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1 Cf. Antiphon fr. 18 Kock PLHGEI/S, TE/WS ME\N E)PEKRA/TEI TH=S SUMFORA=S, etc., and “Maids who shrieked to see the heads/ Yet shrieking pressed more nigh.”
4 ἀντιπράττειν: that is, opposite the reason. It may be construed with δεῖν or as the verb of αὐτόν. There are no real difficulties in the passage, though many have been found. The order of the words and the anacoluthon are intentional and effective. Cf. on 434 C.οὐκ ἂν . . . ποτέ is to literal understanding an exaggeration. But Plato is speaking of the normal action of uncorrupted θυμός. Plato would not accept the psychology of Euripides'Medea（1079-1080):καὶ μανθάνω μὲν οἷα δρᾶν μέλλω κακά, θυμὸς δὲ κρείσσω τῶν ἐμῶν βουλευμάτων. Cf. Dr. Loeb's translation of Décharme, p. 340.
6 So Aristotle Rhet. 1380 b 17οὐ γίγνεται γὰρ ἡ ὀργὴ πρὸς τὸ δίκαιον, and Eth. Nic. 1135 b 28ἐπὶ φαινομένῃ γὰρ ἀδικίᾳ ἡ ὀργή ἐστιν. This is true only with Plato's reservation γενναιότερος. The baser type is angry when in the wrong.
7 Cf. Demosthenes xv. 10 for the same general idea.
9 ἐν τούτῳ: possibly “in such an one,” preferably “in such a case.”θυμός is plainly the subject of ζεῖ. (Cf. the physiological definition in Aristotle De anima 403 a 31ζέσιν τοῦ περὶ τὴν καρδίαν αἵματος), and so, strictly speaking, of all the other verbs down to λήγει. καὶ διὰ τὸ πεινῆν . . . πάσχειν is best taken as a parenthesis giving an additional reason for the anger, besides the sense of injustice.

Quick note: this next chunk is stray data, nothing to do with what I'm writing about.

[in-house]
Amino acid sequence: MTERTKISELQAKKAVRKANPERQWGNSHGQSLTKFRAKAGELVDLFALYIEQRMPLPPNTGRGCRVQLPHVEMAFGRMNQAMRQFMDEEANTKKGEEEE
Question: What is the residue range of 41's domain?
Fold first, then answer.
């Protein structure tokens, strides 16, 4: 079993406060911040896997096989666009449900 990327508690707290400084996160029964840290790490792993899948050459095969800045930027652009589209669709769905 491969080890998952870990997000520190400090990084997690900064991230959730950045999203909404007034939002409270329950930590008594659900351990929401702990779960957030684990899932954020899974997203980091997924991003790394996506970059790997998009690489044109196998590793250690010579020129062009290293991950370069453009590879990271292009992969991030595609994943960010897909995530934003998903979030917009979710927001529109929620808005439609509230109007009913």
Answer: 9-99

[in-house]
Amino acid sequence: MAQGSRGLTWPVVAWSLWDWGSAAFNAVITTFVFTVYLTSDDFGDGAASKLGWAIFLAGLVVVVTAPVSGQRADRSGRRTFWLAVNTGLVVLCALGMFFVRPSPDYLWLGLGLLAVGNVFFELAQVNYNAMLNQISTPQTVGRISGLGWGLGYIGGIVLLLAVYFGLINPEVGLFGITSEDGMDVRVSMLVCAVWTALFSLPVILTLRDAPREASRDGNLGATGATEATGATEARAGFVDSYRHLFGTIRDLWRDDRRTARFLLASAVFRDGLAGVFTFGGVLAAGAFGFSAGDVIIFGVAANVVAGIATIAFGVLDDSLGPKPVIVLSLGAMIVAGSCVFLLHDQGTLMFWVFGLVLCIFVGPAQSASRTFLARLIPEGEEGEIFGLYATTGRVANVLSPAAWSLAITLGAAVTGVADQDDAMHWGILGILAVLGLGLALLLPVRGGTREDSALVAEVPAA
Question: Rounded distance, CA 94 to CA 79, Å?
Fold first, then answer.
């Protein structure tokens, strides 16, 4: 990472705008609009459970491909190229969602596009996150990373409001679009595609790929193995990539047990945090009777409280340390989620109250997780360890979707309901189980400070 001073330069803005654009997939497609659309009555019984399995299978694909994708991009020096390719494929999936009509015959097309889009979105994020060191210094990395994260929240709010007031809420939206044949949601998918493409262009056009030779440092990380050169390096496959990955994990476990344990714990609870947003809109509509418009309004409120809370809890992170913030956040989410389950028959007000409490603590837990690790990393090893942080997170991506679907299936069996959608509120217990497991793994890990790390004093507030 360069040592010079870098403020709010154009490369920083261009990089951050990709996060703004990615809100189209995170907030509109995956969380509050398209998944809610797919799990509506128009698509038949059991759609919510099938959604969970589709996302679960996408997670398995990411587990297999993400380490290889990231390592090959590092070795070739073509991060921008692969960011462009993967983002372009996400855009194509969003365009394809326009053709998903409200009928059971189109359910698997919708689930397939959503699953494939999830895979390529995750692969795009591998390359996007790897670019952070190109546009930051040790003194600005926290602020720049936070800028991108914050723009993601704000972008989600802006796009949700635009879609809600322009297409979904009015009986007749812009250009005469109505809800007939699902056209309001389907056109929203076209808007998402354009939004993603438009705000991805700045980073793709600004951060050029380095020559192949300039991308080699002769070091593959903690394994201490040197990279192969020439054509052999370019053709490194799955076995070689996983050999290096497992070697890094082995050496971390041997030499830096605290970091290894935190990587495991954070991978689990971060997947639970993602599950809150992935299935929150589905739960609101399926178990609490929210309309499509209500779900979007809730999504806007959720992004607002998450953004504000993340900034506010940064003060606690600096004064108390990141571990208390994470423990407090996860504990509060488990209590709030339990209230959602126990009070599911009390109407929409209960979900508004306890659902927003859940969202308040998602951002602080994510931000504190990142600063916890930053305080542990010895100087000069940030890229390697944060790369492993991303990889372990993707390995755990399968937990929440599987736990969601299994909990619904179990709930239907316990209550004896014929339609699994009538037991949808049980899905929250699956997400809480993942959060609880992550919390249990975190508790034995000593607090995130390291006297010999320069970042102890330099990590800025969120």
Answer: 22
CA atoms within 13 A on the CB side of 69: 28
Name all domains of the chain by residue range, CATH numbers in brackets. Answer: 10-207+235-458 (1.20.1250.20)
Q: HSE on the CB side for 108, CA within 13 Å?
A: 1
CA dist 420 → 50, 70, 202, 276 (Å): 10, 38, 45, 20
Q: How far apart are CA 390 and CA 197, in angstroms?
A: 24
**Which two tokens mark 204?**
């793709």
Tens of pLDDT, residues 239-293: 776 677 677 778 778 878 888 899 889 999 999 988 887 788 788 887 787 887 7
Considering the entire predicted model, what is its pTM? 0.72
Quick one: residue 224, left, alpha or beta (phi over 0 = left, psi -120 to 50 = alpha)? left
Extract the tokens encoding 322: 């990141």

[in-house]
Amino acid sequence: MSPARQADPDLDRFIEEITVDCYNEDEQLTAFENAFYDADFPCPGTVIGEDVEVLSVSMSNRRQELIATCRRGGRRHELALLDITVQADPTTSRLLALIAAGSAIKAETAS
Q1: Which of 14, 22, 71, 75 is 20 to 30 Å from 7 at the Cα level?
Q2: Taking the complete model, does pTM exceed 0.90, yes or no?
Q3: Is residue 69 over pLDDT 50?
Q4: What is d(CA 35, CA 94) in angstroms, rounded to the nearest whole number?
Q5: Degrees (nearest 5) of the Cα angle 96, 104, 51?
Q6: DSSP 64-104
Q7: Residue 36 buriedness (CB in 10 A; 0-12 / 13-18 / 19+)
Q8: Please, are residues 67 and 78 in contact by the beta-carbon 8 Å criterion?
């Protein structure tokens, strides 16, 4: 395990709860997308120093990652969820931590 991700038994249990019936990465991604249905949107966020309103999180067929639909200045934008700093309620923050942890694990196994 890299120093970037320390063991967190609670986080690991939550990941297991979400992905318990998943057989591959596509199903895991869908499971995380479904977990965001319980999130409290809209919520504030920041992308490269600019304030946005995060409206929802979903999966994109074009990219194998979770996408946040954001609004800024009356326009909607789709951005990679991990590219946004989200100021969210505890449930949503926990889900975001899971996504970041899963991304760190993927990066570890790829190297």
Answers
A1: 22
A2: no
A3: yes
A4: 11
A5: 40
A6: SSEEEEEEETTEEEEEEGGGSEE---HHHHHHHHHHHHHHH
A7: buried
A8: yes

10 τῶν γενναίων: i.e. the θυμός of the noble, repeating ὅσῳ ἂν γενναιότερος ᾖ above. The interpretation “does not desist from his noble (acts)” destroys this symmetry and has no warrant in Plato's use of γενναῖος. Cf. 375 E, 459 A. The only argument against the view here taken is that “θυμός is not the subject of λήγει,” which it plainly is. The shift from θυμός to the man in what follows is no difficulty and is required only by τελευτήσῃ, which may well be a gloss. Cf. A.J.P. xvi. p. 237.
12 Cf. 440 B and Phaedrus 237 E.
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